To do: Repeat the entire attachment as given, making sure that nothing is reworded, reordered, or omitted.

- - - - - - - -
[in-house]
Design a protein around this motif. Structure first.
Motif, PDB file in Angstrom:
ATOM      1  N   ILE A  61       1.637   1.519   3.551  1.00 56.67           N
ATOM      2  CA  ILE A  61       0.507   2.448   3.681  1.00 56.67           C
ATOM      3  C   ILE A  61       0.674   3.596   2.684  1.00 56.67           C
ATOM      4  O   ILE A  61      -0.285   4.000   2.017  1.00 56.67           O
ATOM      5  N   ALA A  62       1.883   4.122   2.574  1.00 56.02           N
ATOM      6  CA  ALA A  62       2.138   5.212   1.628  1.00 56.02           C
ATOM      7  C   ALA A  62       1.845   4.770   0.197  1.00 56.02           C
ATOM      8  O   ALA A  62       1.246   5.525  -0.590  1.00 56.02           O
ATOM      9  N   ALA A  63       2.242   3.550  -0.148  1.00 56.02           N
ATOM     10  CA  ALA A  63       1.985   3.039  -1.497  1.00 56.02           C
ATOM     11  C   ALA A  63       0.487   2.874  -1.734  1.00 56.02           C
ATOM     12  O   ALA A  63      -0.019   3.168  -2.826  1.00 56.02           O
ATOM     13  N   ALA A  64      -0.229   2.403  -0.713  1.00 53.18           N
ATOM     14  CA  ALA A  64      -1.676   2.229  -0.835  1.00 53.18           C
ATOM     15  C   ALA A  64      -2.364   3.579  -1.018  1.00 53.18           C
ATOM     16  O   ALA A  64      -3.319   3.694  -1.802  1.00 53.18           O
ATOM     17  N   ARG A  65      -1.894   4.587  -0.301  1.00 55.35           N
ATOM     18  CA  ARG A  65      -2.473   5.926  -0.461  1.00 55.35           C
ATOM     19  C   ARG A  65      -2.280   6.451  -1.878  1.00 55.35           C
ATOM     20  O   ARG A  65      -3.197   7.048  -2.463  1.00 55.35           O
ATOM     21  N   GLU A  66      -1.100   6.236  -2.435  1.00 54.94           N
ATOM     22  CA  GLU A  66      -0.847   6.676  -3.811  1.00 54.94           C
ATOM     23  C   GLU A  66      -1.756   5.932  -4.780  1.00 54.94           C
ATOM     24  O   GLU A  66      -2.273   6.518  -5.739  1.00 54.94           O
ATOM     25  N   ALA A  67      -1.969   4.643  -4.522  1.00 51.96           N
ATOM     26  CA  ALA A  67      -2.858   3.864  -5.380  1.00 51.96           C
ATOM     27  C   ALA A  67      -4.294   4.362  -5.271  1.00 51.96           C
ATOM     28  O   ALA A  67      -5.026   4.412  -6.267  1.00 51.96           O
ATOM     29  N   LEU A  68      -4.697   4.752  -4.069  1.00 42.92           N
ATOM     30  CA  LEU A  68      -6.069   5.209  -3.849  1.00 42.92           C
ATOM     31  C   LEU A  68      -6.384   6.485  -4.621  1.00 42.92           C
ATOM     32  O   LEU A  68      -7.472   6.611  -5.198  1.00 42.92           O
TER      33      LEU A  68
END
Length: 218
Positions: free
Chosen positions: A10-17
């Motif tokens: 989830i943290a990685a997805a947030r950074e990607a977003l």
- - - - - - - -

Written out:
[in-house]
Design a protein around this motif. Structure first.
Motif, PDB file in Angstrom:
ATOM      1  N   ILE A  61       1.637   1.519   3.551  1.00 56.67           N
ATOM      2  CA  ILE A  61       0.507   2.448   3.681  1.00 56.67           C
ATOM      3  C   ILE A  61       0.674   3.596   2.684  1.00 56.67           C
ATOM      4  O   ILE A  61      -0.285   4.000   2.017  1.00 56.67           O
ATOM      5  N   ALA A  62       1.883   4.122   2.574  1.00 56.02           N
ATOM      6  CA  ALA A  62       2.138   5.212   1.628  1.00 56.02           C
ATOM      7  C   ALA A  62       1.845   4.770   0.197  1.00 56.02           C
ATOM      8  O   ALA A  62       1.246   5.525  -0.590  1.00 56.02           O
ATOM      9  N   ALA A  63       2.242   3.550  -0.148  1.00 56.02           N
ATOM     10  CA  ALA A  63       1.985   3.039  -1.497  1.00 56.02           C
ATOM     11  C   ALA A  63       0.487   2.874  -1.734  1.00 56.02           C
ATOM     12  O   ALA A  63      -0.019   3.168  -2.826  1.00 56.02           O
ATOM     13  N   ALA A  64      -0.229   2.403  -0.713  1.00 53.18           N
ATOM     14  CA  ALA A  64      -1.676   2.229  -0.835  1.00 53.18           C
ATOM     15  C   ALA A  64      -2.364   3.579  -1.018  1.00 53.18           C
ATOM     16  O   ALA A  64      -3.319   3.694  -1.802  1.00 53.18           O
ATOM     17  N   ARG A  65      -1.894   4.587  -0.301  1.00 55.35           N
ATOM     18  CA  ARG A  65      -2.473   5.926  -0.461  1.00 55.35           C
ATOM     19  C   ARG A  65      -2.280   6.451  -1.878  1.00 55.35           C
ATOM     20  O   ARG A  65      -3.197   7.048  -2.463  1.00 55.35           O
ATOM     21  N   GLU A  66      -1.100   6.236  -2.435  1.00 54.94           N
ATOM     22  CA  GLU A  66      -0.847   6.676  -3.811  1.00 54.94           C
ATOM     23  C   GLU A  66      -1.756   5.932  -4.780  1.00 54.94           C
ATOM     24  O   GLU A  66      -2.273   6.518  -5.739  1.00 54.94           O
ATOM     25  N   ALA A  67      -1.969   4.643  -4.522  1.00 51.96           N
ATOM     26  CA  ALA A  67      -2.858   3.864  -5.380  1.00 51.96           C
ATOM     27  C   ALA A  67      -4.294   4.362  -5.271  1.00 51.96           C
ATOM     28  O   ALA A  67      -5.026   4.412  -6.267  1.00 51.96           O
ATOM     29  N   LEU A  68      -4.697   4.752  -4.069  1.00 42.92           N
ATOM     30  CA  LEU A  68      -6.069   5.209  -3.849  1.00 42.92           C
ATOM     31  C   LEU A  68      -6.384   6.485  -4.621  1.00 42.92           C
ATOM     32  O   LEU A  68      -7.472   6.611  -5.198  1.00 42.92           O
TER      33      LEU A  68
END
Length: 218
Positions: free
Chosen positions: A10-17
């Motif tokens: 989830i943290a990685a997805a947030r950074e990607a977003l």